FAST-FOOD workers have to “grovel and beg” bullying bosses for sufficient hours of work to earn enough to pay their weekly bills, general union GMB said yesterday.
GMB warned that thousands of workers, particularly young people, depend on “the whim of local managers” for enough work to live on.
The union will stage nine demonstrations nationwide next Tuesday, targeting fast-food firms who exploit workers through low pay and zero-hours contracts.
The protests will target contractor Select Service Partner UK (SSP) which operates fast-food outlets on behalf of Marks & Spencer (M&S).
GMB is calling for a “living wage” of £10 an hour for fast-food workers, a demand which is also backed by the TUC and the Labour Party.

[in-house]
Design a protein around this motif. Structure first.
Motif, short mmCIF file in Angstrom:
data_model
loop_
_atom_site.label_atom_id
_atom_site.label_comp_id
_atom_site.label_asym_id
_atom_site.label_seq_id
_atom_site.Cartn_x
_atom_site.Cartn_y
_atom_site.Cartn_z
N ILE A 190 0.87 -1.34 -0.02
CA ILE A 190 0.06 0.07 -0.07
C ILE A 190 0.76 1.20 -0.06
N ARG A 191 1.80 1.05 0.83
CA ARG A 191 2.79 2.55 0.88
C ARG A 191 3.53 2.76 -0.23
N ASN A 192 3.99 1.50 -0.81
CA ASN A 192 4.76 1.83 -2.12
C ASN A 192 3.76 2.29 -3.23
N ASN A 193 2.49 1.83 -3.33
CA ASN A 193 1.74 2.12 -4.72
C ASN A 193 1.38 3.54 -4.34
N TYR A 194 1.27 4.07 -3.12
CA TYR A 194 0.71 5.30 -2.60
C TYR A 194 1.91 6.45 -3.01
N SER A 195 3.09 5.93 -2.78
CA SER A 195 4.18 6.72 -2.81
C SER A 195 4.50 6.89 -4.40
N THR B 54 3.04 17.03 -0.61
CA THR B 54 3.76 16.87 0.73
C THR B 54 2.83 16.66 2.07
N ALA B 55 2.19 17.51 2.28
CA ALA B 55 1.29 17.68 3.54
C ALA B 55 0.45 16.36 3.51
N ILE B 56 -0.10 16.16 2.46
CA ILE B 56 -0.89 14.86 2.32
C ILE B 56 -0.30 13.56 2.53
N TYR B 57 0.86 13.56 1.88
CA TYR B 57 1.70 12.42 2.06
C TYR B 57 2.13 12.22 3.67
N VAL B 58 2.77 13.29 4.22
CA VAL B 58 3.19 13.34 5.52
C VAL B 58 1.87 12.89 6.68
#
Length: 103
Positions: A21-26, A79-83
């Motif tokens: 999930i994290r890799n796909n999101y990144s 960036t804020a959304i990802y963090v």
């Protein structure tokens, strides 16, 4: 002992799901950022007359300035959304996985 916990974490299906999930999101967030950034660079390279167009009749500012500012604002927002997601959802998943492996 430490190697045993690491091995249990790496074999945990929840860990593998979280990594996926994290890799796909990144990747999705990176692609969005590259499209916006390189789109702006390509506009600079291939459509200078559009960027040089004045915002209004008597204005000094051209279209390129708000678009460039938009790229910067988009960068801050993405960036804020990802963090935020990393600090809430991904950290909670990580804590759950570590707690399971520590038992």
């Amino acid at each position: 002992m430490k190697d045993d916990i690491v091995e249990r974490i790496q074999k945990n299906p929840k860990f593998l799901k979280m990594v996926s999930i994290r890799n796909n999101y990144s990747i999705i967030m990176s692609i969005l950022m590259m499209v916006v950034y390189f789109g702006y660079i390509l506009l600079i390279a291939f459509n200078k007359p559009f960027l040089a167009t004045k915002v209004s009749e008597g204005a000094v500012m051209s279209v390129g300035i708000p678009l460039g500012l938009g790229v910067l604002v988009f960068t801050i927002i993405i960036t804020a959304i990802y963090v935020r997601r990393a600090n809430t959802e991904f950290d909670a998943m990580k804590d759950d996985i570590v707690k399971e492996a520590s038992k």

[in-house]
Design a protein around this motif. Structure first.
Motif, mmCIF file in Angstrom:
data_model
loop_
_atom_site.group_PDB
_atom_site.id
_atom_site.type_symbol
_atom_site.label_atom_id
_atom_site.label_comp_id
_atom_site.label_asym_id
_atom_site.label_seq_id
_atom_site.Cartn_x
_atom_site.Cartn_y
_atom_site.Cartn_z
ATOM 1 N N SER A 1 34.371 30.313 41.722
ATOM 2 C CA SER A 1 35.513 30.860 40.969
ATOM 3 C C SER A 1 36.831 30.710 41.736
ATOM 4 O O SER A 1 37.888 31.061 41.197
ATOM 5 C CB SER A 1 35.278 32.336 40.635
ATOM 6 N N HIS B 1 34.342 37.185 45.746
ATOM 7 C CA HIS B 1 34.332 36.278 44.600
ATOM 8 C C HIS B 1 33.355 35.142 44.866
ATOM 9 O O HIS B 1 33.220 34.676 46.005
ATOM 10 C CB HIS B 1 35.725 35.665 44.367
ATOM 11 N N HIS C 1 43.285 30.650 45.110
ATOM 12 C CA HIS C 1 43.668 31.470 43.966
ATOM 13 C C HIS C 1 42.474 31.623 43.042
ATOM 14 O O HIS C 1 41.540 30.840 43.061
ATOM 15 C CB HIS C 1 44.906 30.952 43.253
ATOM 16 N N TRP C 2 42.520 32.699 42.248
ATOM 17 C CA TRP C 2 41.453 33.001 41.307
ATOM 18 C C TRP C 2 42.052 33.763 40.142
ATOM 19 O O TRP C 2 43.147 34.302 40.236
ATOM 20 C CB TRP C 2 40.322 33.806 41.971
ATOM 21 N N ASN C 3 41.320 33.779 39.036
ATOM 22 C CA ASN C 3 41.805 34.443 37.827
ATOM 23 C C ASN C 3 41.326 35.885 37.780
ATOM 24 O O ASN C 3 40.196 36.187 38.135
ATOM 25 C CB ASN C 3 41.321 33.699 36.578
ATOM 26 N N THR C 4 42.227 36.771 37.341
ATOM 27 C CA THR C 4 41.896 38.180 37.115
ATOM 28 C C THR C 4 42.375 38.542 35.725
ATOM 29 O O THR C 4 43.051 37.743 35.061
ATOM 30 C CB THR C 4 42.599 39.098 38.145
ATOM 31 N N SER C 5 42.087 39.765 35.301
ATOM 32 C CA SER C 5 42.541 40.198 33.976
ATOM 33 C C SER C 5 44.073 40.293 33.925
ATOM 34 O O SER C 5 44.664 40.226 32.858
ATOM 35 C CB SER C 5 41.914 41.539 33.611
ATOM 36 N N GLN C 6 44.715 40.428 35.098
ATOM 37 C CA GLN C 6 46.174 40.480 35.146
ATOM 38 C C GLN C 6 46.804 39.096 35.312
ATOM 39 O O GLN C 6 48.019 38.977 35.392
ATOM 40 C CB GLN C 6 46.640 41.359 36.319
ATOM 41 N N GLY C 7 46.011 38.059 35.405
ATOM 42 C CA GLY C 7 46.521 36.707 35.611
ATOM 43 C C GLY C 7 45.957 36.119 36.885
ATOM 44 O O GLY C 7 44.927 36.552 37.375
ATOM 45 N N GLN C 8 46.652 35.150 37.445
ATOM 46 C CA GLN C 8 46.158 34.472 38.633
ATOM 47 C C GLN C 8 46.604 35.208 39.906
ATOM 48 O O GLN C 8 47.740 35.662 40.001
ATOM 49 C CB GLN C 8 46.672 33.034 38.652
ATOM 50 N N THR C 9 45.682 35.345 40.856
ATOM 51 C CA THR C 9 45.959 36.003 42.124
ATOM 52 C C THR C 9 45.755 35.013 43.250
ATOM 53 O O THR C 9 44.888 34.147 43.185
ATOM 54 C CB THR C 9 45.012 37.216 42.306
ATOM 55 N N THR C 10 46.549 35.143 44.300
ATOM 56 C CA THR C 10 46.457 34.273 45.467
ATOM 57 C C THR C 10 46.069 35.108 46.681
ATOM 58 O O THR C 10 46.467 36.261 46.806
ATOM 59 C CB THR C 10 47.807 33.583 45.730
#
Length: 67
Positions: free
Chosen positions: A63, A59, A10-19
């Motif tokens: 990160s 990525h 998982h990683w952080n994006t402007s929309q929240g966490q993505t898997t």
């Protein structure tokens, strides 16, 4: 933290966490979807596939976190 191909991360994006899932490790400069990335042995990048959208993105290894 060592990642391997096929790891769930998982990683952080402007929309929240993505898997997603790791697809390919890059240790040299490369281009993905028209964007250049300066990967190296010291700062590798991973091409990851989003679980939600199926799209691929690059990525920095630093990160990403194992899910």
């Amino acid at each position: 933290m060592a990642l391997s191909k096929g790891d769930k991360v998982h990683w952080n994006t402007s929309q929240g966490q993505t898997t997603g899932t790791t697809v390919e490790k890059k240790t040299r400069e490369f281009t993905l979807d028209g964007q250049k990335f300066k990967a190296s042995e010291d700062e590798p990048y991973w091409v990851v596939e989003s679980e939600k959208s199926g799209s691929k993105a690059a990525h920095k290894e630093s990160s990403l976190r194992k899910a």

The union also wants guaranteed hours and abolition of zero-hours contracts.
A zero-hours contract means that there is no guarantee of any work from one week to the next, while managers can call staff in at short notice when needed.
GMB national officer Ellie Butler, who represents fast-food workers facing problems, told the Star: “People on low wages have to keep their hours up. How you get the hours is that you are at the whim of local managers who make up rotas, often at short notice.
“Some managers have a very arbitrary style. They bully people who effectively have to beg and grovel for more shifts to live on week to week.”
The protests will take place in London, Manchester, Bolton, Leeds, Sheffield, Wakefield and Birmingham and at the M&S distribution depot in Swindon.
They will coincide with a strike by fast-food workers in New York for a “living wage.”